Dust Bowl Ballads is an album by Woody Guthrie, recorded for Victor Records in Camden, New Jersey in 1940. It was Guthrie's first commercial recording and the most successful album he made. It is considered to be the first or one of the very first concept albums.The Dust Bowl Ballads was originally released as two three-disc collections of 78 rpm records. Twelve sides, including the double-sided "Tom Joad", were included in this release, but two of the thirteen songs, "Pretty Boy Floyd" and "Dust Bowl Blues" were left out due to length. All tracks were recorded at Victor studios in Camden, New Jersey on April 26, 1940, except "Dust Can't Kill Me" and "Dust Pneumonia Blues" which were recorded on May 3. In 1964, during the American folk music revival of the 1950s and 1960s, a reissue including all tracks from the sessions was released in LP format by Folkways Records after RCA refused Guthrie's request to re-issue the album. The complete Dust Bowl Ballads remains available on compact disc through the Smithsonian Institution's Folkways Collection.The songs on Dust Bowl Ballads are semi-autobiographical, chronicling Guthrie's experience as a so-called "Okie" during the Dust Bowl era, where Guthrie witnessed the economic hardship that many migrant workers faced in California. Like many of Guthrie's later recordings, these songs contain an element of social activism, and would be an important influence on later musicians, including Pete Seeger, Bob Dylan, Bruce Springsteen, Phil Ochs and Joe Strummer.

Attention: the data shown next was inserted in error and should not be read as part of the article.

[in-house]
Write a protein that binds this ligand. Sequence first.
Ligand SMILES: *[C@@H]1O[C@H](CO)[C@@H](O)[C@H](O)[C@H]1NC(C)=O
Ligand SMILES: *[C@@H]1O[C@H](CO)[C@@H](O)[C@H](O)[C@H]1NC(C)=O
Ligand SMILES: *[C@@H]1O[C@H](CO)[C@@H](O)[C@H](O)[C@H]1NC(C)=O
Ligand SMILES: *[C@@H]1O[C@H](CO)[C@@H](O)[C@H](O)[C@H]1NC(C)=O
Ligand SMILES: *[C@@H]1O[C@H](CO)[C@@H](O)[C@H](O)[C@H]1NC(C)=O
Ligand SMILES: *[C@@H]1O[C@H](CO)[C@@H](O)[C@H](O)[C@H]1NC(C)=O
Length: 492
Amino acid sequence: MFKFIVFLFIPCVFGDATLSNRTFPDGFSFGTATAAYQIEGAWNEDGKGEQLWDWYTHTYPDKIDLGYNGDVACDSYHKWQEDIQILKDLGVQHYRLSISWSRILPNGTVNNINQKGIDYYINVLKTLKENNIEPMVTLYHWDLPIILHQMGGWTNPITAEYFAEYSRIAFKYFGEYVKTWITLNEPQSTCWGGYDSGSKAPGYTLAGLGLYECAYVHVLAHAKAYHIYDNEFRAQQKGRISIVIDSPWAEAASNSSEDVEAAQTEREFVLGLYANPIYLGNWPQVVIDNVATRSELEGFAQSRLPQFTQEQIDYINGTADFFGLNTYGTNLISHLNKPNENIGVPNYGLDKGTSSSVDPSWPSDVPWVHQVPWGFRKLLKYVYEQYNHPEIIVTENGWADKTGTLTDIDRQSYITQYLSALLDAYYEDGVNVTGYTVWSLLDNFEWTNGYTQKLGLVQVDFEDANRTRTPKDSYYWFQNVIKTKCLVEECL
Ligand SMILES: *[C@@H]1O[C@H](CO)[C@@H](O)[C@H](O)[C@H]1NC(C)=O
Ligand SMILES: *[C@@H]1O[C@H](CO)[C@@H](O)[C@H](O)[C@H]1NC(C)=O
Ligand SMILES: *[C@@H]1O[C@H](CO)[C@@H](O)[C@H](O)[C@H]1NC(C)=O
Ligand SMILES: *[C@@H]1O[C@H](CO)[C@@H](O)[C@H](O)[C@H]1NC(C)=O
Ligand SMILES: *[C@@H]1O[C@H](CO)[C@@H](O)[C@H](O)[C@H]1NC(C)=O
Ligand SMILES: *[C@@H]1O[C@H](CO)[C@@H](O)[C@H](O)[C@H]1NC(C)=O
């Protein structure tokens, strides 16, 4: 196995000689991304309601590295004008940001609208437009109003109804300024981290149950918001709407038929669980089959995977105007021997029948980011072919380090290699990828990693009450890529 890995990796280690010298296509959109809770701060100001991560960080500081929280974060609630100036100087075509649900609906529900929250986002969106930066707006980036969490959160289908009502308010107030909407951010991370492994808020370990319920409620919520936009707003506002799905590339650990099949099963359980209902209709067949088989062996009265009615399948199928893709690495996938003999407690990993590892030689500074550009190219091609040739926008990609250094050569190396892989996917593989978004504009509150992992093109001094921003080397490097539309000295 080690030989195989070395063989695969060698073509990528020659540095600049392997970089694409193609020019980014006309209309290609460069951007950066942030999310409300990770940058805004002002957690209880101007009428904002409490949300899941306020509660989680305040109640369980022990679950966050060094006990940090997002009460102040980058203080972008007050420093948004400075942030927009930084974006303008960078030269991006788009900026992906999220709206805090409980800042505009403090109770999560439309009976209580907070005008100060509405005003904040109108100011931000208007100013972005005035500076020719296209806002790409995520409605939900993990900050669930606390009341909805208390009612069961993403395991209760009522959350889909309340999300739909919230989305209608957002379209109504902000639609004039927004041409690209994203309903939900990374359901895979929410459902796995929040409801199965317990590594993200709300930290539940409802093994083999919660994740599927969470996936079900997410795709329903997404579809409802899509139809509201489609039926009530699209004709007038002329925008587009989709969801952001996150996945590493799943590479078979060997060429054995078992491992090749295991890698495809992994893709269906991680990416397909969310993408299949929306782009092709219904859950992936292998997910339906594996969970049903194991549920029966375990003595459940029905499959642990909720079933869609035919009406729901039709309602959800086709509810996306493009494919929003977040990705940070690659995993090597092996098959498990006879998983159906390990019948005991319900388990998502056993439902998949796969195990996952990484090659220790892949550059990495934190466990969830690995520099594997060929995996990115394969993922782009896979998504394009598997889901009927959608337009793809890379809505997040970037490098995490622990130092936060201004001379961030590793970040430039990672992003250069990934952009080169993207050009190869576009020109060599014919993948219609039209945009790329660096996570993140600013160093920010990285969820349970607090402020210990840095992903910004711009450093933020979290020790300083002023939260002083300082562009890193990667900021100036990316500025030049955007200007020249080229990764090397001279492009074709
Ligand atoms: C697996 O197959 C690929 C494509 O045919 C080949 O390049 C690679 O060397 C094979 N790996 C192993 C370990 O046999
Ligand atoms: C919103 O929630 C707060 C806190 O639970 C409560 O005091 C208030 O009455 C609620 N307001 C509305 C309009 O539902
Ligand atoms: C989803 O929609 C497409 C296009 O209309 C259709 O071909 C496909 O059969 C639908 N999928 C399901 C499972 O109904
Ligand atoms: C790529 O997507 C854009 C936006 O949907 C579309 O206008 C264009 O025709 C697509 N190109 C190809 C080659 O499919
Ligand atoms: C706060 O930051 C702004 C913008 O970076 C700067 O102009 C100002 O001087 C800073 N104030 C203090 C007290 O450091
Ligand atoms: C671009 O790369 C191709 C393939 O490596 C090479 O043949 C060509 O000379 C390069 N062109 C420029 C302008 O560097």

Folk Time

Folk Time is an album by the Hart Valley Drifters, an American folk music band. It was recorded in 1962 at the studios of KZSU, a radio station at Stanford University. It was released by ATO Records on November 11, 2016.The Hart Valley Drifters were part of the American folk music revival of the 1960s. The band included Jerry Garcia (who three years later would co-found the rock band the Grateful Dead), Robert Hunter (who would write the lyrics to many Grateful Dead songs), and David Nelson (who, with John Dawson and Garcia, would co-found the country rock band the New Riders of the Purple Sage).

Folk club

A folk club is a regular event, permanent venue, or section of a venue devoted to folk music and traditional music. Folk clubs were primarily an urban phenomenon of 1960s and 1970s Great Britain and Ireland, and vital to the second British folk revival, but continue today there and elsewhere. In America, as part of the American folk music revival, they played a key role not only in acoustic music, but in launching the careers of groups that later became rock and roll acts.

John Jacob Niles

John Jacob Niles (April 28, 1892 – March 1, 1980) was an American composer, singer, and collector of traditional ballads. Called the "Dean of American Balladeers", Niles was an important influence on the American folk music revival of the 1950s and 1960s, with Joan Baez, Burl Ives, Peter, Paul and Mary, and Bob Dylan, among others, recording his songs.

Kenneth S. Goldstein

Kenneth S. Goldstein, PhD (March 17, 1927 – November 11, 1995) was a prominent American folklorist, educator, record producer, and a prime mover in the 1960s American Folk Music Revival.

Maria Muldaur

Maria Muldaur (born September 12, 1943) is an American folk and blues singer who was part of the American folk music revival in the early 1960s. She recorded the 1973 hit song "Midnight at the Oasis" and continues to record albums in the folk traditions.She was the wife of musician Geoff Muldaur and is the mother of singer-songwriter Jenni Muldaur.

Modern Folk Quartet